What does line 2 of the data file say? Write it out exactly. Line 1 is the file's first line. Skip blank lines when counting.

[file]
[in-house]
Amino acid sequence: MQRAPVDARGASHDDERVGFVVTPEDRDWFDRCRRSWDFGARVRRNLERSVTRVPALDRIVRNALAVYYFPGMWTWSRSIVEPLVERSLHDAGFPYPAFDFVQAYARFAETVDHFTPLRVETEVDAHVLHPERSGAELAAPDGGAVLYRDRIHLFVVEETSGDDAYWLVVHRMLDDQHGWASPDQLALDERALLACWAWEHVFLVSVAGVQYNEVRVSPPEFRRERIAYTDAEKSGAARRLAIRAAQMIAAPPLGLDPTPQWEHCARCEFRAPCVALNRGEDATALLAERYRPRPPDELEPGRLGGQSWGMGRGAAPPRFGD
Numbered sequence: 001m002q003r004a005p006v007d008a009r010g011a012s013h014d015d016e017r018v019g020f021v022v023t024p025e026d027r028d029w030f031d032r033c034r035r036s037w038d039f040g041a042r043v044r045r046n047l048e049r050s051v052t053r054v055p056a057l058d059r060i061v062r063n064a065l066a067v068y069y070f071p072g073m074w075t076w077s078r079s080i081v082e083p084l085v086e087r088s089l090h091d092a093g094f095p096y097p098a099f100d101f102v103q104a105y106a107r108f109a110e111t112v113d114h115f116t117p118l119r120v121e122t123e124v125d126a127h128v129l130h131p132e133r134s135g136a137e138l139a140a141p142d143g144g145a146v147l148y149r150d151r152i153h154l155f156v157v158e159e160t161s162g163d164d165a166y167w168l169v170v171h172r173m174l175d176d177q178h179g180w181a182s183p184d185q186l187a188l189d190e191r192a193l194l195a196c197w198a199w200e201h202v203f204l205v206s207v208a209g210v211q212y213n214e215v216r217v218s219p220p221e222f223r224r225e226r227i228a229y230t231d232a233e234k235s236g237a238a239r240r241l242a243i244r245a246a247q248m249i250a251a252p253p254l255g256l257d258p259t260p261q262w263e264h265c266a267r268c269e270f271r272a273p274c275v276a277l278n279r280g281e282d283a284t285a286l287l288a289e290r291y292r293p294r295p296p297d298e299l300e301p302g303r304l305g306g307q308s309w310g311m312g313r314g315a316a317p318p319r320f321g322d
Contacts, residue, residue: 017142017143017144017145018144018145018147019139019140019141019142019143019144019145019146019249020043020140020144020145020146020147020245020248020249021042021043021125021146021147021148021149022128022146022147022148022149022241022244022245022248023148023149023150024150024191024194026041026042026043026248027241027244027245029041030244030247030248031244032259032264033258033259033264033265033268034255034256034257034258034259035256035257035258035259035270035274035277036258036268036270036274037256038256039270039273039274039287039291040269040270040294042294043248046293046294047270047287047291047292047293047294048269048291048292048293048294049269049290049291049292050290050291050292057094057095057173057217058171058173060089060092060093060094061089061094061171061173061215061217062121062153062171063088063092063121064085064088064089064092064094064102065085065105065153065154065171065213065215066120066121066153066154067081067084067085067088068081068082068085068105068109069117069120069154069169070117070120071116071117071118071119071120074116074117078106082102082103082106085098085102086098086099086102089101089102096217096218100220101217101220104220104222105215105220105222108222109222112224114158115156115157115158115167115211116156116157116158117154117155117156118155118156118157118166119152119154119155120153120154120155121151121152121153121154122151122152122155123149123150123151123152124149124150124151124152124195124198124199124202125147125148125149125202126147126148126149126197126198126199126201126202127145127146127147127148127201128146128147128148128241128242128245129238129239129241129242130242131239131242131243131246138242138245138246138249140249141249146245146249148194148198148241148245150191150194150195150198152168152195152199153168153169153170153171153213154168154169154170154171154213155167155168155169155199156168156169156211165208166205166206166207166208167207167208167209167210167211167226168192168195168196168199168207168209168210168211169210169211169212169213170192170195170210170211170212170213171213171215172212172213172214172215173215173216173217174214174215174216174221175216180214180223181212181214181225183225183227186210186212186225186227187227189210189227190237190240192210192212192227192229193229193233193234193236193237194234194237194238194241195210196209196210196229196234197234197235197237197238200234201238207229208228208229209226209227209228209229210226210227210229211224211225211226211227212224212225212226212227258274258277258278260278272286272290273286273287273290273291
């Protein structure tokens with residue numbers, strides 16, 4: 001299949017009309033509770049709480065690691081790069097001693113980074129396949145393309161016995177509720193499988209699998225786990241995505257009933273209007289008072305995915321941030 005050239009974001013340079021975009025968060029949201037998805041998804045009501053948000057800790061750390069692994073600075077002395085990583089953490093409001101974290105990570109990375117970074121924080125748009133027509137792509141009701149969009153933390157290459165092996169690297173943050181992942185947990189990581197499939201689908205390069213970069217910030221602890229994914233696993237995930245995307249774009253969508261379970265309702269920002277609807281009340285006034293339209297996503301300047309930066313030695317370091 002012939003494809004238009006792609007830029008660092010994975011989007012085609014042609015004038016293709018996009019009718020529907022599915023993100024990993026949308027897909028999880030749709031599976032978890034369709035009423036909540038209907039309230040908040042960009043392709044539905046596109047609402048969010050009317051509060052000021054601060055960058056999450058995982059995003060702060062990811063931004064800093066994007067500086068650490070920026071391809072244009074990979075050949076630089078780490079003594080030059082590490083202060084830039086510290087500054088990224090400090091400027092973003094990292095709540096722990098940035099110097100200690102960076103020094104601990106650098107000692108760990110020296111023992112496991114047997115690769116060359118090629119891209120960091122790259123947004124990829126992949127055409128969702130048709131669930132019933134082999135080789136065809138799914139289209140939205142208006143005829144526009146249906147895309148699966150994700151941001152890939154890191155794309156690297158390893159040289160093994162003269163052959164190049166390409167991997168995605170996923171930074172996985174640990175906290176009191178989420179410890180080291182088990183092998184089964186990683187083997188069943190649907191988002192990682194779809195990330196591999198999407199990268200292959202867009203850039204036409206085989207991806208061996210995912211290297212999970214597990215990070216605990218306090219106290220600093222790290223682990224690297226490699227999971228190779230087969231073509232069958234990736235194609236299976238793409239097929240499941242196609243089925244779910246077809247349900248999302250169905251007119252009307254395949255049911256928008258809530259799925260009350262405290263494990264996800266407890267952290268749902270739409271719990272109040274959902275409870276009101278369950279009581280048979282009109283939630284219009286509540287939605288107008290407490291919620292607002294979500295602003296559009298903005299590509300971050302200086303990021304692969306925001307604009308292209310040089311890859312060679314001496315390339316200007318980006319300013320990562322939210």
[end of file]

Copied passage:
Amino acid sequence: MQRAPVDARGASHDDERVGFVVTPEDRDWFDRCRRSWDFGARVRRNLERSVTRVPALDRIVRNALAVYYFPGMWTWSRSIVEPLVERSLHDAGFPYPAFDFVQAYARFAETVDHFTPLRVETEVDAHVLHPERSGAELAAPDGGAVLYRDRIHLFVVEETSGDDAYWLVVHRMLDDQHGWASPDQLALDERALLACWAWEHVFLVSVAGVQYNEVRVSPPEFRRERIAYTDAEKSGAARRLAIRAAQMIAAPPLGLDPTPQWEHCARCEFRAPCVALNRGEDATALLAERYRPRPPDELEPGRLGGQSWGMGRGAAPPRFGD